In addition to the high urbanization and rates of low socioeconomic status, climate change impacts are going to exacerbate this terrible and dire situation in Gaza given the rising temperatures, scarcity of water resources and precipitation, desertification and drought, and rising sea levels, all of which will disproportionately impact this region.11 The uprooting of thousands of trees in the occupied territories by Israeli forces for security reasons created barrier walls that disrupted an already vulnerable ecosystem.3 Major financial and infrastructure resources are needed to address climate change adaption and mitigation. Irrigation water decline, lower livestock production, decline in fisheries as a source of protein and employment, food insecurity, water-related diseases, flooding and poor waste management, and other climate change impacts will have direct and indirect health impacts on people in Gaza.3 They need support for climate-smart agriculture, alternative and sustainable water and energy resources, as well as prevention and monitoring of waterborne and foodborne diseases, sanitation, and improved waste collection systems.

The ongoing blockade by the Israeli government limits and prevents addressing the above measures to counter climate change and other environmental degradation in Gaza. The blockade restricts the movement of goods and food products into Gaza, resulting in few imported foods and increased agricultural pressure to provide for the most densely populated area in the region.3,4 This is in addition to the reduced farmlands after the large-scale destruction of orchards and farms by Israeli bombs.6 The burning of solid and electronic waste due to the lack of proper solid waste management systems has also led to excessive airborne releases of particulate matter, benzene, dioxins, mercury, and polychlorinated biphenyls.5 Results point to increased childhood lymphoma in regions nearby e-waste burn sites in the West Bank, but this has not been studied yet in Gaza.12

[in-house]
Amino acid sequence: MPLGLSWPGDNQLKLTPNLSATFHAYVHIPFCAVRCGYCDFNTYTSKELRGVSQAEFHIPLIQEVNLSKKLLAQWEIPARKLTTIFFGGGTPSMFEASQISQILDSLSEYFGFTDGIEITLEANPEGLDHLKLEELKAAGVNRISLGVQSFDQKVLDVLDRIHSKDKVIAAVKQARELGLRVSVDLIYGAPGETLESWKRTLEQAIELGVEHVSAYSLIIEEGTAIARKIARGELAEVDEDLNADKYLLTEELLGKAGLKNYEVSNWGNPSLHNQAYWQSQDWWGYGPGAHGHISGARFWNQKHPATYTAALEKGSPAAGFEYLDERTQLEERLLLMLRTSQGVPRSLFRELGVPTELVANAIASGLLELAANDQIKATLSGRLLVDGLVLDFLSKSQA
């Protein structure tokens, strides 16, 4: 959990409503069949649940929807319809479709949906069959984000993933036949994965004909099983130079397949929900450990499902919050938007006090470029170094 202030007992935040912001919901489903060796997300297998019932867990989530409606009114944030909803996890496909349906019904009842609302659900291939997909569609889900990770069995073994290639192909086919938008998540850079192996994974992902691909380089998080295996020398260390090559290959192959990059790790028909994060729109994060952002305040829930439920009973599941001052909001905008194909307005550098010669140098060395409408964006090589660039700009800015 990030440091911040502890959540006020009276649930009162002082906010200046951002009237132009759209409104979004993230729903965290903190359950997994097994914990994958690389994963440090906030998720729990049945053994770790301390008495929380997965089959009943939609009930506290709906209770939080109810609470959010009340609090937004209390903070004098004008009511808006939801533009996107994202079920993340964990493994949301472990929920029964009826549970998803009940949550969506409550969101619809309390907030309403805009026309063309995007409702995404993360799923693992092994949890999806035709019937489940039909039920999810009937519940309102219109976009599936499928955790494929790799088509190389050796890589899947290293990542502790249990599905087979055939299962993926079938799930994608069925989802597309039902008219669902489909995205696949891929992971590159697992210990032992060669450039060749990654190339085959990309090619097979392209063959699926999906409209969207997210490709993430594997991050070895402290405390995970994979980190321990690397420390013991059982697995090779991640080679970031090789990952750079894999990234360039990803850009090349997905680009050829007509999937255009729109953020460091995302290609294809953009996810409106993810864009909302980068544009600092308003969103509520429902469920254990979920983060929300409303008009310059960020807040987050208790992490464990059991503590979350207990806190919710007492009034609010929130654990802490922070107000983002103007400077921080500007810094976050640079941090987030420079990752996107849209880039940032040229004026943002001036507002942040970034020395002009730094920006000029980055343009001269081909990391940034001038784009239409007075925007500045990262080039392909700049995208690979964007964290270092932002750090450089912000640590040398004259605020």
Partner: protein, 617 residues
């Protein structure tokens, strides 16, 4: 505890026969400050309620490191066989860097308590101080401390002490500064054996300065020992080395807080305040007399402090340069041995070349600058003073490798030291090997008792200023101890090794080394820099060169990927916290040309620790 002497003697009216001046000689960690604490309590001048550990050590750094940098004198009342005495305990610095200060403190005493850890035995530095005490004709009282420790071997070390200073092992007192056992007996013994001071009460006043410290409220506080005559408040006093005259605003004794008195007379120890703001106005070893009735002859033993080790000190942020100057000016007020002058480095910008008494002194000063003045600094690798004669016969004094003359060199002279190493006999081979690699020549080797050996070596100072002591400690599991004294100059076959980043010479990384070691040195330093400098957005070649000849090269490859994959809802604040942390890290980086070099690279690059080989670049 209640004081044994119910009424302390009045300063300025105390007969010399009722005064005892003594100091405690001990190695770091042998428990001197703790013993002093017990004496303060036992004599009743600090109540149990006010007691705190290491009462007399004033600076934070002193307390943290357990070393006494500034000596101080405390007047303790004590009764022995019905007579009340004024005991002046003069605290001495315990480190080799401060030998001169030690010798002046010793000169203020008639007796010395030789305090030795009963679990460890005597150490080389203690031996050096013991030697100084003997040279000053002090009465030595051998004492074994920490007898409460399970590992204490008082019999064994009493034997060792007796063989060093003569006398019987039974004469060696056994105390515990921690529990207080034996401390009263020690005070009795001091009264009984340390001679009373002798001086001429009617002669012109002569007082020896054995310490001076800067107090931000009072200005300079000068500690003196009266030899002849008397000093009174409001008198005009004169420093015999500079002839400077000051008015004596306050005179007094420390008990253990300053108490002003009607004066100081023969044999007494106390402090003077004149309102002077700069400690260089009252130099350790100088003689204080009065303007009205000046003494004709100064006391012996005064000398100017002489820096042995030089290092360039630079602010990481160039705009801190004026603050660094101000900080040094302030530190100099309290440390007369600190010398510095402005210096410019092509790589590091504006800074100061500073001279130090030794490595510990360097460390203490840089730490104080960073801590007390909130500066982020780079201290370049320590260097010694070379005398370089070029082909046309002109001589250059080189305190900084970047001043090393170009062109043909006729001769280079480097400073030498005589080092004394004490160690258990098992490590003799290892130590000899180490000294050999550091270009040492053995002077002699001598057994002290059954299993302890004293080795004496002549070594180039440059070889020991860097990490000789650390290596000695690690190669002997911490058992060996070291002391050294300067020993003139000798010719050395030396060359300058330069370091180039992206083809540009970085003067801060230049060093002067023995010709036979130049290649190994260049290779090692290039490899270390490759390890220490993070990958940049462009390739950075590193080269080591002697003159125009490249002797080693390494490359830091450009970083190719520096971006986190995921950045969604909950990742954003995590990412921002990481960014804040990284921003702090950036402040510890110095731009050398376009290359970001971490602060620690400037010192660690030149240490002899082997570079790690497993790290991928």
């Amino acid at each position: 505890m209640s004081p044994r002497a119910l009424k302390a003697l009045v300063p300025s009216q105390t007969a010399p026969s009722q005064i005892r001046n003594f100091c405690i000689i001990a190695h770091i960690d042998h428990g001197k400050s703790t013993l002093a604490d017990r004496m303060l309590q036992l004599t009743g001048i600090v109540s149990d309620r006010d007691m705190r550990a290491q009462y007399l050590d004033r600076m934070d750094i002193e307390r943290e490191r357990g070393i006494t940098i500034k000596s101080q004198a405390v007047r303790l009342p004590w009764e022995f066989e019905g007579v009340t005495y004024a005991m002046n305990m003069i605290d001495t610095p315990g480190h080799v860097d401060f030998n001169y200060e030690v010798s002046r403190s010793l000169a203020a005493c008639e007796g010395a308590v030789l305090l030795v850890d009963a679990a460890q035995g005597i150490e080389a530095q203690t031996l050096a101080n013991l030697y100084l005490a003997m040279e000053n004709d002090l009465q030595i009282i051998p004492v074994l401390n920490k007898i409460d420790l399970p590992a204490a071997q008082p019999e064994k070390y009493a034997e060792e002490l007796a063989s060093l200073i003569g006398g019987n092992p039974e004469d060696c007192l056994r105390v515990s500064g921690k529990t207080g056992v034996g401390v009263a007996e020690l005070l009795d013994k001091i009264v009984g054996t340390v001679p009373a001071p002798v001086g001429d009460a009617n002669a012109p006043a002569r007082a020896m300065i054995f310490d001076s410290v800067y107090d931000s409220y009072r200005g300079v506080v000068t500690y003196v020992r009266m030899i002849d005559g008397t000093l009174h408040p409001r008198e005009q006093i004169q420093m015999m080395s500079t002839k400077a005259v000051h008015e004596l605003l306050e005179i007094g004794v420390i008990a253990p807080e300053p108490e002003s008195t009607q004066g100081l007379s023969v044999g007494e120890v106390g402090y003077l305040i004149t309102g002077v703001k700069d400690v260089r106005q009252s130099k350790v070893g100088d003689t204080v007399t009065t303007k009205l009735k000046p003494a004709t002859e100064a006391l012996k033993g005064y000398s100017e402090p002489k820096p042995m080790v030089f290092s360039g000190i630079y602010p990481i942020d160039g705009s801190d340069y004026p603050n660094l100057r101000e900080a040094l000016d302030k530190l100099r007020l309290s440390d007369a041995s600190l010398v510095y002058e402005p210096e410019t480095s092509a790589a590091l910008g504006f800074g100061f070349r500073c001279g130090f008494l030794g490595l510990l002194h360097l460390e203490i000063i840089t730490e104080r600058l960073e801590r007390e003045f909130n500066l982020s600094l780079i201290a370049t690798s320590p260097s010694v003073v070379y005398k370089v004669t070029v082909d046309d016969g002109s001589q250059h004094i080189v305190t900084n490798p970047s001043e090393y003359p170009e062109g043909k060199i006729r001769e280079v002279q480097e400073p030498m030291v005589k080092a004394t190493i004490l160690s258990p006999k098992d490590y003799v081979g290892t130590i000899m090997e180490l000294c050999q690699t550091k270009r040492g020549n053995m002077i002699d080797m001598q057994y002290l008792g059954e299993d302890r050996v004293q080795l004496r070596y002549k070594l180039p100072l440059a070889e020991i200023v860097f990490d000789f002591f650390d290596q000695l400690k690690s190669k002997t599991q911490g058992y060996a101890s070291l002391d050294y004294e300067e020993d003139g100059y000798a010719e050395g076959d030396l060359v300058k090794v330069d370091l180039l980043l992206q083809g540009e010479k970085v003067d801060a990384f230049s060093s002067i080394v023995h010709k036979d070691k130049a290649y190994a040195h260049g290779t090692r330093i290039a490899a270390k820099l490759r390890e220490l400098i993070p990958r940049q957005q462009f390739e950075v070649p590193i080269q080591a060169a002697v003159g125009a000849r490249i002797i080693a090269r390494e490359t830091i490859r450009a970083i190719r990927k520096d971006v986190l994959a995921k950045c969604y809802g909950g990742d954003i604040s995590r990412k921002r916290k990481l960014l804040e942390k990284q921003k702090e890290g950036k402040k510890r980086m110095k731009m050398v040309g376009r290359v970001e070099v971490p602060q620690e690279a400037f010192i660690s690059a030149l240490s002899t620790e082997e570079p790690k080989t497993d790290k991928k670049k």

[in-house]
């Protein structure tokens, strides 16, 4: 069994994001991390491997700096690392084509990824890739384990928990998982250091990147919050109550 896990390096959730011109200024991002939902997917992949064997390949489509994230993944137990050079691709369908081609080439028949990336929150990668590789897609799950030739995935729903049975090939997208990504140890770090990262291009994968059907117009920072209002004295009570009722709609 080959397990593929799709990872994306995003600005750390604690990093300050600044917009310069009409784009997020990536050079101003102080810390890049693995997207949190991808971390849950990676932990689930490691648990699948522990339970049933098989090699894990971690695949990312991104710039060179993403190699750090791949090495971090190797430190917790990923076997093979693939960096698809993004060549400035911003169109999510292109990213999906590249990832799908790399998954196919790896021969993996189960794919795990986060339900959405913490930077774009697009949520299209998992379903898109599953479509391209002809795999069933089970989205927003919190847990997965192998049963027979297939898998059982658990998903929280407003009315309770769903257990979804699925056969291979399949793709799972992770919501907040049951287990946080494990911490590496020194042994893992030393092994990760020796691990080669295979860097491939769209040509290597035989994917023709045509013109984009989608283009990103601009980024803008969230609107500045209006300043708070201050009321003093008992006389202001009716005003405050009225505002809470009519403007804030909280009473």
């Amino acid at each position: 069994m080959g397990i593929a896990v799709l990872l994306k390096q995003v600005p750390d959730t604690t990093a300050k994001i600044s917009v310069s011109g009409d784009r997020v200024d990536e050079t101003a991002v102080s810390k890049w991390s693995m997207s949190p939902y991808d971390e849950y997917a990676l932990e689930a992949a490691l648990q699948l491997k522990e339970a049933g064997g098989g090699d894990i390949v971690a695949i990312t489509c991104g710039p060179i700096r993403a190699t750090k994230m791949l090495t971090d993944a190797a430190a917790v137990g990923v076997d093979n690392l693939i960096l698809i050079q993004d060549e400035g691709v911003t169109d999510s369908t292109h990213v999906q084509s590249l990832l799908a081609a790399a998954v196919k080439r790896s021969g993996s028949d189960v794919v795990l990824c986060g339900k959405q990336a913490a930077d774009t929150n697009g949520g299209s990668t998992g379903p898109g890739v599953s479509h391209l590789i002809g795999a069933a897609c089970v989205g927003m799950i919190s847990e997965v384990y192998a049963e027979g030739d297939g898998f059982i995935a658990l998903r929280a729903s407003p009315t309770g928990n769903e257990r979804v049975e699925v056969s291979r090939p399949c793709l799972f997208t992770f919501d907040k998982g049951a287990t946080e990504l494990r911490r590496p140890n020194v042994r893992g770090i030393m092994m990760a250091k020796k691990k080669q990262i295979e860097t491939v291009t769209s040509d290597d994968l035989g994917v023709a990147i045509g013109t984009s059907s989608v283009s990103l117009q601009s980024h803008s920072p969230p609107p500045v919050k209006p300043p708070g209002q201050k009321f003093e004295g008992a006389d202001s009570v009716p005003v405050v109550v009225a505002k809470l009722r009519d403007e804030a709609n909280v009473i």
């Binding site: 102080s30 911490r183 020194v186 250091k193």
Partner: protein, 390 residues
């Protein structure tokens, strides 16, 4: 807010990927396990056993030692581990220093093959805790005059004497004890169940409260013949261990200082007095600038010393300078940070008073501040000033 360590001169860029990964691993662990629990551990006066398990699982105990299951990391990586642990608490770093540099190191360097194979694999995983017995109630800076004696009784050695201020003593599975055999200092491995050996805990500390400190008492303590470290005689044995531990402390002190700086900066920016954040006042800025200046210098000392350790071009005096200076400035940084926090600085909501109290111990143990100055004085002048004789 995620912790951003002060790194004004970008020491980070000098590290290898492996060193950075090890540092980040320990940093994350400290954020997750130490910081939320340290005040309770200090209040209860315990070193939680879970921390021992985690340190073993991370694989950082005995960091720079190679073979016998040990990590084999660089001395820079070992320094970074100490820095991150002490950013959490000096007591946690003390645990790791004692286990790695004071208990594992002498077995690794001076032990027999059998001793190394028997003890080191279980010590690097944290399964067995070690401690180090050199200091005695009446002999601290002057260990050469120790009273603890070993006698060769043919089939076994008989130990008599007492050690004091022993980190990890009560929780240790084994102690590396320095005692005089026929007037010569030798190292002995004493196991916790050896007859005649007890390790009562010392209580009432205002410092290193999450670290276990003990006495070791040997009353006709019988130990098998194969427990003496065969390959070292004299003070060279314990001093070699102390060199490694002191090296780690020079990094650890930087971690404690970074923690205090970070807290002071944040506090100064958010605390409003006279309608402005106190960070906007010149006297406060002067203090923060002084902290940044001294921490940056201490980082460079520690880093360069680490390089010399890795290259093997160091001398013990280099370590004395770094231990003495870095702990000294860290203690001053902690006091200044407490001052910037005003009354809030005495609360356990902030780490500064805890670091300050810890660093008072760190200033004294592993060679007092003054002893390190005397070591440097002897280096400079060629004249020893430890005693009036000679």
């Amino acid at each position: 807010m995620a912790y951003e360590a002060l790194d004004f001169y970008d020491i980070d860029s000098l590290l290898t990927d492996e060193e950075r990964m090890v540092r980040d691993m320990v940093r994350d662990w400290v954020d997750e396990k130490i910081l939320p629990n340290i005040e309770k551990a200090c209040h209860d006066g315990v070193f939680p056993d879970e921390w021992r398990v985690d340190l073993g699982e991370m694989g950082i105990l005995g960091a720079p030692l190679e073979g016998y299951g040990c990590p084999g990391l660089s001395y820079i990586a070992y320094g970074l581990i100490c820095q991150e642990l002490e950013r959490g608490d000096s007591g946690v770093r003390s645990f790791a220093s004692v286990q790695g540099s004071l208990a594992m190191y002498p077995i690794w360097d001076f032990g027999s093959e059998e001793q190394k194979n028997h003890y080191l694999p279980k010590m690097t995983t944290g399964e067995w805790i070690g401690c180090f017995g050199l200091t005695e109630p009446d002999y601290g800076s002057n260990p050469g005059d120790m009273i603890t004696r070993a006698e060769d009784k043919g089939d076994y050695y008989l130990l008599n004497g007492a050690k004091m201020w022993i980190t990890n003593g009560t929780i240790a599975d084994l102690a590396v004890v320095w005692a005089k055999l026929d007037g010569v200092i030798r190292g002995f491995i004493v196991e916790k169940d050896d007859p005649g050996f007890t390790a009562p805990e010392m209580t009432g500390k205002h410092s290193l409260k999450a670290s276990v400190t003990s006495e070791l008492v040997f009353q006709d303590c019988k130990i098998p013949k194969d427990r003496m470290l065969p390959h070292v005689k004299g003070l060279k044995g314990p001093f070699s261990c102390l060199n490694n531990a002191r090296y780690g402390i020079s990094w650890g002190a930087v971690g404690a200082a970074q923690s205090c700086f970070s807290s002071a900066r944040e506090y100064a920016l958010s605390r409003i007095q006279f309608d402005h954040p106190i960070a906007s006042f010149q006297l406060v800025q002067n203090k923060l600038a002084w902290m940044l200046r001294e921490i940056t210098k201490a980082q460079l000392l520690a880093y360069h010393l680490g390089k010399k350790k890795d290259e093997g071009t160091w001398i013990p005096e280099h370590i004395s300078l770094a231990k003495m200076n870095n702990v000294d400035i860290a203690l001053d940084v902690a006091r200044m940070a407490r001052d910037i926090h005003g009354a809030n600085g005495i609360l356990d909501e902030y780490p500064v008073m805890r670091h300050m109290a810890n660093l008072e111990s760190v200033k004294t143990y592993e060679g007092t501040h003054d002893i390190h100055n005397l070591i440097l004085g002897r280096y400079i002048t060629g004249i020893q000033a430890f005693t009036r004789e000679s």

The preexisting crumbling infrastructure in Gaza, coupled with the current wave of displacement and homelessness is leading to a health crisis. There is a need to support the effort of the Palestinian occupied territories to be energy independent by relying on renewable energy to address impacts of power shortage on health care, allowing free flow of agricultural and water treatment equipment and material, building more water desalination stations to reverse the health impact of current poor water quality, implementing affordable grey water recycling equipment, and supporting aggressive policies to address climate change adaptation and mitigation, and most importantly, for the international community to hold the Israeli government accountable for withholding the above from the Gaza population and the repeated destruction of their infrastructure. Past and ongoing political and military conflicts do not justify the systematic punishment of the people of Gaza. A ceasefire has minimal impact so long as the blockade of Gaza persists, and any rebuild of Gaza faces further destruction every few years.1

Conflicts of interest statement

The authors declare that they have no conflicts of interest with regard to the content of this report.


1. United Nations. Ceasefire can’t hide scale of destruction in Gaza, UN warns, as rights experts call for ICC probe. UN News. Published May 21, 2021. Available at: Accessed 30 October 2021.
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3. United Nations Development Programme. “State of Environment and Outlook Report for the occupied Palestinian territory 2020”. 2020.
4. UNCT. Common Country Analysis- Leave No One Behind: A Perspective on Vulnerability and Structural Disadvantage in Palestine. United Nations Country Team (UNCT). 2016. Available at: Accessed 28 October 2019.
5. ARIJ. Status of the Environment in the Occupied Palestinian Territory. Applied Research Institute – Jerusalem (ARIJ); 2015:195. Available at: Accessed 28 October 2019.
6. UNCT. Gaza Ten Years Later. United Nations Country Team (UNCT); 2017. Available at: Accessed 28 October 2021.
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11. Al-Delaimy WK, Ramanathan V, Sánchez Sorondo M (eds). Health of People, Health of Planet and Our Responsibility. Climate Change, Air Pollution and Health. Springer; 2020.
12. Davis JM, Garb Y. A strong spatial association between e-waste burn sites and childhood lymphoma in the West Bank, Palestine. Int J Cancer. 2019;144:470–475.
Copyright © 2021 The Authors. Published by Wolters Kluwer Health, Inc. on behalf of The Environmental Epidemiology. All rights reserved.